The Advanced Placement program provides high school students the chance to do college-level study and get credit for their work from many colleges and universities. Colleges in other countries recognize the AP examination as an indicator of advanced work beyond high school, and some US and Canadian colleges will award you sophomore standing if you meet their requirements through outstanding AP exam performance, reducing the cost of your college education. Several scholarships are awarded on the basis of AP scores. Check the College Board Advanced Placement website for more information on the AP program.
Be forewarned, though: a number of US colleges and universities will not grant you college credit for AP work, regardless of your score on the exam, and some departments refuse credit while others at the same college may grant credit. Be sure to verify the AP credit policy in your subject at each of the colleges that interest you; do not automatically assume that a particular college department will grant you college credit for this course on the basis of your AP score.
You can bolster your pursuit of college credit completing all the requirements for AP credit by taking the AP option for biology, chemistry, or physics. To make sure that you receive college-level instruction, I will ask AP Option students to complete AP-level mastery assignments in addition to the core curriculum assignments, complete practice free response questions, and perform labs to more exacting specifications (and reporting requirements!). You will need to create and retain for inspection a full lab notebook of your lab work. This is a considerable commitment on your time [5-10 hours a week in addition to the work required to pass the Scholars Online core course for the subject] so think carefully about how much you want to do this!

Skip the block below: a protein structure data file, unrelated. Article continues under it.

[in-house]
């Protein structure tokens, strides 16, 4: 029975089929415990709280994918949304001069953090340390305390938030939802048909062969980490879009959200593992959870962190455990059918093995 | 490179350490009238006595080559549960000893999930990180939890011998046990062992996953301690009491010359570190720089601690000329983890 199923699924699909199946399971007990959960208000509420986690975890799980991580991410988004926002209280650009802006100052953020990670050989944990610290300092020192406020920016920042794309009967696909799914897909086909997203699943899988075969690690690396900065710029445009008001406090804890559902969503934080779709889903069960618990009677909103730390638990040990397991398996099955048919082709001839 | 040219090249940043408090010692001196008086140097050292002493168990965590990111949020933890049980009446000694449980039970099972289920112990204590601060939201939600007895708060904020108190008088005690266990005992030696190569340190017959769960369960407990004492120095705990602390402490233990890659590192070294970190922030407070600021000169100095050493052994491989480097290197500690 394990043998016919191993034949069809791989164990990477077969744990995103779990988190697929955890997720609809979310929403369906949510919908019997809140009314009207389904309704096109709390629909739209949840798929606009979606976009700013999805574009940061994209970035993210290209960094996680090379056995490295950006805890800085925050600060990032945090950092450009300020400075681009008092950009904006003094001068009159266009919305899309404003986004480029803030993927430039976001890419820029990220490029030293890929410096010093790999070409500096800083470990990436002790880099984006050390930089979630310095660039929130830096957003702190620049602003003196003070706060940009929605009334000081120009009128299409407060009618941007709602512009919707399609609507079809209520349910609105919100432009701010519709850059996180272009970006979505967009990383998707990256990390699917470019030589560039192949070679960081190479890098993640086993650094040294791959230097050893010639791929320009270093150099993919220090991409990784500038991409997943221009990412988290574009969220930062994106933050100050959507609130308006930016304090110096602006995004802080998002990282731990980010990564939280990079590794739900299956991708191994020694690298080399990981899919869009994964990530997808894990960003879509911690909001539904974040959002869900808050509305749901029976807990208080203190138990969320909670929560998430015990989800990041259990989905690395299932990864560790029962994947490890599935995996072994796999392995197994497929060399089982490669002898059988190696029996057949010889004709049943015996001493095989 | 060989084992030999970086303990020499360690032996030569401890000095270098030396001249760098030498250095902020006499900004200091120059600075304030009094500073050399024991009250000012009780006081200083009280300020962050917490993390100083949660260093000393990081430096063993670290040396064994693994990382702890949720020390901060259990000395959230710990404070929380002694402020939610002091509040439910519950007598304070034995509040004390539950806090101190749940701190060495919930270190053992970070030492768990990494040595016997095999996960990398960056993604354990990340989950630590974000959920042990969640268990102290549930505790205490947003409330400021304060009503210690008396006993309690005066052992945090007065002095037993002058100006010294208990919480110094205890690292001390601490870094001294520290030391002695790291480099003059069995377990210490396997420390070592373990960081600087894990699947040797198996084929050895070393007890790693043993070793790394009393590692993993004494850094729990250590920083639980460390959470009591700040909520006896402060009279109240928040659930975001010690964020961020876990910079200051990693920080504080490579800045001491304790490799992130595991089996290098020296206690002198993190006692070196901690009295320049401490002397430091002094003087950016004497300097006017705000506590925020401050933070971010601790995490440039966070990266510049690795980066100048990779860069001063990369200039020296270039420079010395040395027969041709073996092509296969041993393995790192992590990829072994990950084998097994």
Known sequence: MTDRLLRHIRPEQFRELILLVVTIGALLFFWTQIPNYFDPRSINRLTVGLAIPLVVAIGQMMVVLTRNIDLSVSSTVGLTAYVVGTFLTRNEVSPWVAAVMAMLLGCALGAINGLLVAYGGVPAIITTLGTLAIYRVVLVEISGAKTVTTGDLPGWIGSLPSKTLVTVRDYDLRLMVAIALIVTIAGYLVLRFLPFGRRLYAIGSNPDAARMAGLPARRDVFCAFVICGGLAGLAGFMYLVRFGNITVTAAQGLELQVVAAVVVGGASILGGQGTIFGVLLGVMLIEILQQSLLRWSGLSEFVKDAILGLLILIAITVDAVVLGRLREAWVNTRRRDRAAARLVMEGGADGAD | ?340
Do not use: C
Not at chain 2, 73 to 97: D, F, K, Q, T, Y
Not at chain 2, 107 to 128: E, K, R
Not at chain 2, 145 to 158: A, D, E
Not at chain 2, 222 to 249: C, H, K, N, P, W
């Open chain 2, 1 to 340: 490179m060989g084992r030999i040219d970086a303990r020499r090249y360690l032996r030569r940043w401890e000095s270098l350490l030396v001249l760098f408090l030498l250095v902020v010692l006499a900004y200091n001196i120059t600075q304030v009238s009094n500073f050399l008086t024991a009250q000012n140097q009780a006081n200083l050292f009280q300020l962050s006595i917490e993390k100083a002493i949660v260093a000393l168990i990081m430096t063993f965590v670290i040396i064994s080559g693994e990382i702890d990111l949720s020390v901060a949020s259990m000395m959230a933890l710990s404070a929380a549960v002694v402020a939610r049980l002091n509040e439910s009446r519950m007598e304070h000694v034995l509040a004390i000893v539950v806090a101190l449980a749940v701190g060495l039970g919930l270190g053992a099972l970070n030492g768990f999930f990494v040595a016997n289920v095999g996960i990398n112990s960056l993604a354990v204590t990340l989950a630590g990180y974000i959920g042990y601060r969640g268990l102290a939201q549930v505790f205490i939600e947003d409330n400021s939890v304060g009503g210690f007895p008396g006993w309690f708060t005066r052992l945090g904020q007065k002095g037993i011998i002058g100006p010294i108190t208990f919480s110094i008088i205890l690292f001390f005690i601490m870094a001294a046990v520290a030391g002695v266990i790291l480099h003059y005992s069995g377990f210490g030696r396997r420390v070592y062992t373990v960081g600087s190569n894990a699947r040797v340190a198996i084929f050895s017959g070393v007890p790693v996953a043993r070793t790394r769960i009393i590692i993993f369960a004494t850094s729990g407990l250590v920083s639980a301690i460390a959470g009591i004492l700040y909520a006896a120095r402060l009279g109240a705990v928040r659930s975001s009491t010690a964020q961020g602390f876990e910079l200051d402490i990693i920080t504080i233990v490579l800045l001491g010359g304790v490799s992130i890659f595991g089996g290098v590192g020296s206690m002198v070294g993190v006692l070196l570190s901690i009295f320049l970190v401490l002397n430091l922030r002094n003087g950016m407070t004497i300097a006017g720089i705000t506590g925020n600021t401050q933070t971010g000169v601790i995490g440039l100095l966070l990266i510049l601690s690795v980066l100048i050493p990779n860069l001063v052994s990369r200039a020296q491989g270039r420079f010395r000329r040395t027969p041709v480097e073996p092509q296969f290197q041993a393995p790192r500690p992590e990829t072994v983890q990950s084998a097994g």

Exam registration deadlines and administration dates can be found on the AP Calendar. Note the special instructions for homeschooled students on this page!
Each Scholars Online biology, chemistry, and combination physics course syllabus for the Core + AP Option curriculum has been reviewed and formally certified by the College Board as meeting or exceeding college-level requirements. Since 2007, only courses whose syllabi have been approved by the AP board can be listed as "AP" level courses. This certification allows AP option students to legitimately claim that they have done college-level work, which can be particularly important in lab sciences; the Scholars Online transcript will list the AP option as a formal AP course.
An alternative to the AP examination for college credit is the CLEP examination. These examinations are primarily intended for adults who have learned subjects on the job. Colleges may or may not accept CLEP scores, and they may have different policies for CLEP results and AP results. If you need to take a CLEP examination instead of the AP exam, however, the AP Option curriculum should prepare you to do well.
The ACT (formerly American College Testing) exam is another standardized test used for college admissions. It is an alternative to the SAT general examination, and is administered not by the College Board organization but through the ACT organization. The ACT exam has five sections: English, Math, Reading, Science Reasining, and Writing; this last one is optional. There are no subject matter examinations, and it is not generally used by itself to place students in second-year college science courses on admission.